African-American Vernacular Term Paper

Pages: 3 (914 words)  ·  Bibliography Sources: 0  ·  File: .docx  ·  Level: College Senior  ·  Topic: Black Studies

Origin and Evolution of the African-American Vernacular

It has often been suggested that the so-called "African-American vernacular" is largely attributable to the influence of oral traditions based in sermons and prayer services of black churches. Alternatively, it has also been suggested the African-American vernacular is more a function of secular influences in general and of the music of African-American artists in particular. I would argue, instead, that the contemporary African-American vernacular is a natural result of more general influences that predate both religious and artistic contributions. In that view, the relationship between the African-American vernacular and both religion and secular artistic influences is precisely the reverse. Specifically, neither the religious sermons in black churches nor jazz artists of the early and mid 20th century is responsible for the evolution of the African-American vernacular. Instead, both are actually results rather than causes of an African-American vernacular that predated both and contributed to their evolution and not the other way around.

Likely Historical Origin of the General African-American Vernacular and Accent

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The most general and virtually universal aspect of tonal speech patterns and vernacular among American-born African-Americans is simply the domestic southern accent. That should be surprising if it were not the case since the overwhelming majority of the captive African slaves throughout the 18th and 19th centuries lived their entire lives in the southern American states. They learned English and received whatever early socialization they absorbed outside of their families directly from their captors, all citizens of the southern states.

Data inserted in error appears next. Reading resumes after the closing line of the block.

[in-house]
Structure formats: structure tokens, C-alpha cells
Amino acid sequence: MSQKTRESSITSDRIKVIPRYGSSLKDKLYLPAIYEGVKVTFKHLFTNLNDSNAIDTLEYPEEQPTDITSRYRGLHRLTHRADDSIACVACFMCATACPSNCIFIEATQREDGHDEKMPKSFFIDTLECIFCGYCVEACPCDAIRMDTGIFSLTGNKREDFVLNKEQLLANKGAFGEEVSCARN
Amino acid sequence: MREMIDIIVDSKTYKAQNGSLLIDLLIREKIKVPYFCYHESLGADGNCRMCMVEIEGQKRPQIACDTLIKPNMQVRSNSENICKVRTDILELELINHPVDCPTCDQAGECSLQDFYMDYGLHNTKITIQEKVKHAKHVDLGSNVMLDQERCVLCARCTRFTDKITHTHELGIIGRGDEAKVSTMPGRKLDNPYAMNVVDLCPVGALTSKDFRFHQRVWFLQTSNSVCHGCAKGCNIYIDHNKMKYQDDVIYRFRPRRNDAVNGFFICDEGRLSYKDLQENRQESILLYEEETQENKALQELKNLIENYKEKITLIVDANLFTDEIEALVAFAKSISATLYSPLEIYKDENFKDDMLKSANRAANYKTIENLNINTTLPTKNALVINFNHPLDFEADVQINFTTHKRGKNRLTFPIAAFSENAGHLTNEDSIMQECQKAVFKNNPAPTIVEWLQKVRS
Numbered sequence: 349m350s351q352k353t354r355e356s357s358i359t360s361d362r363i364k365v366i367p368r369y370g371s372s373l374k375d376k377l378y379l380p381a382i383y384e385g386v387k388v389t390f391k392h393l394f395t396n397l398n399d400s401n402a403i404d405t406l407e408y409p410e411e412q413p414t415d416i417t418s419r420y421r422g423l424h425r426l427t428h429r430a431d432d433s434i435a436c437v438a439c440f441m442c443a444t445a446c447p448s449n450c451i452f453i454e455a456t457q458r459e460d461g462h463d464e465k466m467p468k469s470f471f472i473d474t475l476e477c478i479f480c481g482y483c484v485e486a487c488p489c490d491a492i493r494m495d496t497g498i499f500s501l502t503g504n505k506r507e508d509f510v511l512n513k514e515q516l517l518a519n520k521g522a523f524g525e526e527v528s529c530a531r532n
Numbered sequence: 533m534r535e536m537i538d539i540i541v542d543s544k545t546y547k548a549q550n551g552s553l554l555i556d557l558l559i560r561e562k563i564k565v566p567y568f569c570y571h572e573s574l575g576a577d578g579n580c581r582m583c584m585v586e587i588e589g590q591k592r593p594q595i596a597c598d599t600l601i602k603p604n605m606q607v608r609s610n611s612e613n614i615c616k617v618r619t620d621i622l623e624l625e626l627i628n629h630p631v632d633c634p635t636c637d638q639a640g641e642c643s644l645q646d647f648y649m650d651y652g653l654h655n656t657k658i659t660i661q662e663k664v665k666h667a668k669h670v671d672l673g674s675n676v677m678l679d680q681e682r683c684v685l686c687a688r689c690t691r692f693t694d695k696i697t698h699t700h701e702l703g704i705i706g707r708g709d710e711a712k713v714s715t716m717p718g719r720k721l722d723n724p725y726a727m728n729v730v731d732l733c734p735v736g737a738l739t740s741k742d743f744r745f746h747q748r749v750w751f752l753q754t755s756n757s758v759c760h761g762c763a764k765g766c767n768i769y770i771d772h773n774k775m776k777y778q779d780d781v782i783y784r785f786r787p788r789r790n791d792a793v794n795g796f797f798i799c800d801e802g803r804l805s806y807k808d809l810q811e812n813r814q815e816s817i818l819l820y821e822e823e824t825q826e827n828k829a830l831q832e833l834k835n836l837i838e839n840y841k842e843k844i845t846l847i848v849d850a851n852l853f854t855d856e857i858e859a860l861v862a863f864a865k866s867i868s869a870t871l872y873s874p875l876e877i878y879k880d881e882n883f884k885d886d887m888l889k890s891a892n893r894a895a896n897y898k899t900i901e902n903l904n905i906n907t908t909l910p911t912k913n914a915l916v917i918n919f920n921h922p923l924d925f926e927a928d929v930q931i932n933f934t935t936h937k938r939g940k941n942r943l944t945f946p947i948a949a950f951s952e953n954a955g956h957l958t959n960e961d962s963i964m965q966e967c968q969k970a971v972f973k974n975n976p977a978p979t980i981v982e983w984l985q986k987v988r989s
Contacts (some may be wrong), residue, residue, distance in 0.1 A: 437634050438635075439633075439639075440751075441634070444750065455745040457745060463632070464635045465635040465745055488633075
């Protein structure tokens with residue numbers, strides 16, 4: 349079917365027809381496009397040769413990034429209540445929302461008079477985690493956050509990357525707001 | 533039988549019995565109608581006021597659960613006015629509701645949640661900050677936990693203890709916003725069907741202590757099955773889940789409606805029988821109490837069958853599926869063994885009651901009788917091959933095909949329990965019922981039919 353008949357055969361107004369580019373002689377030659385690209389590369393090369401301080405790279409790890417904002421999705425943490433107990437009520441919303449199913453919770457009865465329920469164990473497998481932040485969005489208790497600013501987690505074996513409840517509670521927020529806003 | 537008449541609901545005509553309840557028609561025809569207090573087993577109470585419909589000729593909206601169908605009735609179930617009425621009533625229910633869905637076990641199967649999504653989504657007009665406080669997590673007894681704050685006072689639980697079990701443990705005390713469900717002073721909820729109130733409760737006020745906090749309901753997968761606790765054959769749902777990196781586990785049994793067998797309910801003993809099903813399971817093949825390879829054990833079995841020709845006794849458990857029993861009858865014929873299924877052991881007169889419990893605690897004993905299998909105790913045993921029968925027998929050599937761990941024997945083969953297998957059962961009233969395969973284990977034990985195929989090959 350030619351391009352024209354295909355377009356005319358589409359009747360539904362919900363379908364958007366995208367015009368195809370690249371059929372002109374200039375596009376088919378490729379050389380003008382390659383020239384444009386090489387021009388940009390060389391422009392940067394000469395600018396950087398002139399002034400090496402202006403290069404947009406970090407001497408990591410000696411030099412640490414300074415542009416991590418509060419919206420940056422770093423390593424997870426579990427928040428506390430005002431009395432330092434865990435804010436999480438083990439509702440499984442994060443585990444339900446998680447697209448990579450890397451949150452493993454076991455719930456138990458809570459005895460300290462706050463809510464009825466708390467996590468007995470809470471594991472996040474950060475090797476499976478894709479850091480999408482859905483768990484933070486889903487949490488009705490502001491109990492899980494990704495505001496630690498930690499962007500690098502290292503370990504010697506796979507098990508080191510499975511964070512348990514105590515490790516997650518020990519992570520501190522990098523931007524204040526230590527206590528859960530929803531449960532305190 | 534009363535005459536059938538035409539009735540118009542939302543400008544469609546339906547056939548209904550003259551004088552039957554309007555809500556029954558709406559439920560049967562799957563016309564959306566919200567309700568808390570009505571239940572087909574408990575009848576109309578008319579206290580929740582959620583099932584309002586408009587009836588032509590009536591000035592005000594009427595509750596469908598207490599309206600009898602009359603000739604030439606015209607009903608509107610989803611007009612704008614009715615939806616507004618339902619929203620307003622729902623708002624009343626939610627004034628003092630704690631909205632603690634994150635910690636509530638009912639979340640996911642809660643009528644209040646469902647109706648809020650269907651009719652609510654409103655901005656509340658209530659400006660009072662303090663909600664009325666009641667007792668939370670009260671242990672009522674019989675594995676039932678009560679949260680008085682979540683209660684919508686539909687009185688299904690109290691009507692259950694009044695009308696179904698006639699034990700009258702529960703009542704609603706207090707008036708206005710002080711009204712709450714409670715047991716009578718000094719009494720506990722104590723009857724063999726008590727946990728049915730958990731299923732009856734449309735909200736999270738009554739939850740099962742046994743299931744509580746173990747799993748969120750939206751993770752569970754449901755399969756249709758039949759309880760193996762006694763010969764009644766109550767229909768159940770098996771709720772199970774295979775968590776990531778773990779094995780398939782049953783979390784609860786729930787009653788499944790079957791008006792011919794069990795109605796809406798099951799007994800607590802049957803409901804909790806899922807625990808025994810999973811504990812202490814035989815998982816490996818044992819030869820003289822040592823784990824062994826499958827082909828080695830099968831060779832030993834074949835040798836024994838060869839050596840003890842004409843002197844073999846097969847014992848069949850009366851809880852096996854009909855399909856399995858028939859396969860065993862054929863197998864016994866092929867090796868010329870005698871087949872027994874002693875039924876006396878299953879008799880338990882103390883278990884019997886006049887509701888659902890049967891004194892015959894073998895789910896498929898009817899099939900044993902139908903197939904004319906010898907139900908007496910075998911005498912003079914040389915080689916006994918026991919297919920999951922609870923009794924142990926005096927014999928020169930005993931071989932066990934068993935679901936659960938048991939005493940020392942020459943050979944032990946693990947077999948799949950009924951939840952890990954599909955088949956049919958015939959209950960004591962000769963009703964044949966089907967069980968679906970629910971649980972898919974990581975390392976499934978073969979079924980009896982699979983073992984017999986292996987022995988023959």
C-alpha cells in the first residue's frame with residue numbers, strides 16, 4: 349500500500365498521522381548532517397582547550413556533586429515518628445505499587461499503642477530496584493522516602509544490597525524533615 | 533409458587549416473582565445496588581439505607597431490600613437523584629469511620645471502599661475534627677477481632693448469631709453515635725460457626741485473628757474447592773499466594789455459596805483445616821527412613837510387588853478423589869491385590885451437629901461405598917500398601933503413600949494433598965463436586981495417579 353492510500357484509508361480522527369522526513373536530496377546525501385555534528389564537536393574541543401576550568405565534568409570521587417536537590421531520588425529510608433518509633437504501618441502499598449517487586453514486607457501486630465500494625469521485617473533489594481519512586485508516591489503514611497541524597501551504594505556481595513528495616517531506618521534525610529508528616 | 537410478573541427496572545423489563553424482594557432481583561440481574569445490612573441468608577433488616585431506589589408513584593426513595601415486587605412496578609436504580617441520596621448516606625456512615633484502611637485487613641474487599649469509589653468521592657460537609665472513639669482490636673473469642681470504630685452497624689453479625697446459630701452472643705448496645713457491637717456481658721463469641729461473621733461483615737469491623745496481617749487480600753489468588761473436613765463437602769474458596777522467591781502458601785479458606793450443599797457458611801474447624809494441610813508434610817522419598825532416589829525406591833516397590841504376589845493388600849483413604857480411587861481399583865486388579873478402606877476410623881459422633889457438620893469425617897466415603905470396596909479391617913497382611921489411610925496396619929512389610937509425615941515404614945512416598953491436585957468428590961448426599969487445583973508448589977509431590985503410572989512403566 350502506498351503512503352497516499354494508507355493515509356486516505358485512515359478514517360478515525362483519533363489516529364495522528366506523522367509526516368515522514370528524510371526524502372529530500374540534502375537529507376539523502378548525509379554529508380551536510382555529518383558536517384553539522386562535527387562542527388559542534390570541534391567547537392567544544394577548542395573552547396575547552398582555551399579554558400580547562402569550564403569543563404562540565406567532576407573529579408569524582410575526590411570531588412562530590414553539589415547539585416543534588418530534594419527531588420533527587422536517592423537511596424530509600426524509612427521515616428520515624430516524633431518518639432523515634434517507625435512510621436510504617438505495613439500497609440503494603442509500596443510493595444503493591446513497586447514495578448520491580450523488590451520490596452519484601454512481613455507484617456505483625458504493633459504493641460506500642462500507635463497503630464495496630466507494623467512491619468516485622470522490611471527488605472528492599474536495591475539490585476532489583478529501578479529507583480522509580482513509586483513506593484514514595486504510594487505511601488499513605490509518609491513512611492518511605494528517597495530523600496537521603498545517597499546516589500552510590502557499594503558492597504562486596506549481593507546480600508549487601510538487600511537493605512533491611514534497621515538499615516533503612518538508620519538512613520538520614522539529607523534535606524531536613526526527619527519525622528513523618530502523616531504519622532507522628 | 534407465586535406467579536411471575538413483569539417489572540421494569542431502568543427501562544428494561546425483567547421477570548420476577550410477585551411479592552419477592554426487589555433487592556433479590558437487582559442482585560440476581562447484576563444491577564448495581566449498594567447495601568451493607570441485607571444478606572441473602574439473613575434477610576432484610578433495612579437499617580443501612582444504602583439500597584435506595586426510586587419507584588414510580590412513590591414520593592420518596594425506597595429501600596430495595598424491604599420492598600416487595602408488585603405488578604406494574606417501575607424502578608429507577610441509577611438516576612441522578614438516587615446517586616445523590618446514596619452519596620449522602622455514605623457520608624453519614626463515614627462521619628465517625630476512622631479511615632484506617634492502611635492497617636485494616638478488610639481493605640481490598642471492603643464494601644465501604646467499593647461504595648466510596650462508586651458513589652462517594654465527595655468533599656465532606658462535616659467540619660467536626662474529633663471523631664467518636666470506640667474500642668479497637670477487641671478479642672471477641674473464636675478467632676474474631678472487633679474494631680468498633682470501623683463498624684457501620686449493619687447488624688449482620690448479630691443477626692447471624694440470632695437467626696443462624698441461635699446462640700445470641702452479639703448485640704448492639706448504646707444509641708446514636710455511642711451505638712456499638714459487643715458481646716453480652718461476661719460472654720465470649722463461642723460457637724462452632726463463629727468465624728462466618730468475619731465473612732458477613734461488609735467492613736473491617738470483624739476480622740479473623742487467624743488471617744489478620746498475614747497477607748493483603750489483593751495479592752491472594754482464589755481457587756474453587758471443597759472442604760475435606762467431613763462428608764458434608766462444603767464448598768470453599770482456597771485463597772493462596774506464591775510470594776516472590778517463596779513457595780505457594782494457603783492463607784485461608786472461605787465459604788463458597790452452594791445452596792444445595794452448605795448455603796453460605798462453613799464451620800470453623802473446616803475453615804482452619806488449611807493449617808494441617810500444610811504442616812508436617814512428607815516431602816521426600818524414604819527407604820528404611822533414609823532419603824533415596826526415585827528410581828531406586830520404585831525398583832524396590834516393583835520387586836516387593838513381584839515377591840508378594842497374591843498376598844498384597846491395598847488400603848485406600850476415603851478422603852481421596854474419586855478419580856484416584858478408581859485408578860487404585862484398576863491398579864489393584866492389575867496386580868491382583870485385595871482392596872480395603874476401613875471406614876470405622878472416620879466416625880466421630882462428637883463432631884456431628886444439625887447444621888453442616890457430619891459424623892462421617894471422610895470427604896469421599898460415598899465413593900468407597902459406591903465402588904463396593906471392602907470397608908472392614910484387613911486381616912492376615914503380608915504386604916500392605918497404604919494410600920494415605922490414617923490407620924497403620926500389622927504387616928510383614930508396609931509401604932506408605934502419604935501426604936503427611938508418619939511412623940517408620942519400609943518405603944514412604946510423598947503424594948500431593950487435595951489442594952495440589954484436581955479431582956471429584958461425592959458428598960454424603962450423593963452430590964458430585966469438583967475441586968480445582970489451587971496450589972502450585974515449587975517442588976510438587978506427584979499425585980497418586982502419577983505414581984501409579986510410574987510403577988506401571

TOPIC: Term Paper on African-American Vernacular Assignment

Even the relatively few Free Blacks in the 19th century and those fortunate enough to live in the Free states descended directly from southern-raised slave families and slave owners. To this day, the most significant influence and determinant of the so-called African-American vernacular is no different from its comparable influence among a community of Caucasian-Americans only two or three generations from their "roots," as it were, in the southern states. Moreover, typical southern regional variations are also likely to be discernable to the trained ear among contemporary African-Americans.

Undoubtedly, more than a century of intense racial prejudices and persecution and discrimination ensured that African-Americans of the early and middle of the 20th century interacted as little as possible (or as little as necessary) with the dominant Caucasian populations. That likely resulted in much greater retention of the southern "twang" than among southern Caucasians who migrated North (or elsewhere) at the same time. Southern Caucasians were much freer to assimilate into their adoptive societies and lose their southern accents much more over comparable time periods.

The Influence of Racial Inequality and the Civil Rights Movement of the 1960s

Racial inequality and the overt discrimination throughout the first three decades of the 20th century excluded African-Americans from musical careers in… [END OF PREVIEW] . . . READ MORE

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How to Cite "African-American Vernacular" Term Paper in a Bibliography:

APA Style

African-American Vernacular.  (2011, February 27).  Retrieved July 28, 2021, from

MLA Format

"African-American Vernacular."  27 February 2011.  Web.  28 July 2021. <>.

Chicago Style

"African-American Vernacular."  February 27, 2011.  Accessed July 28, 2021.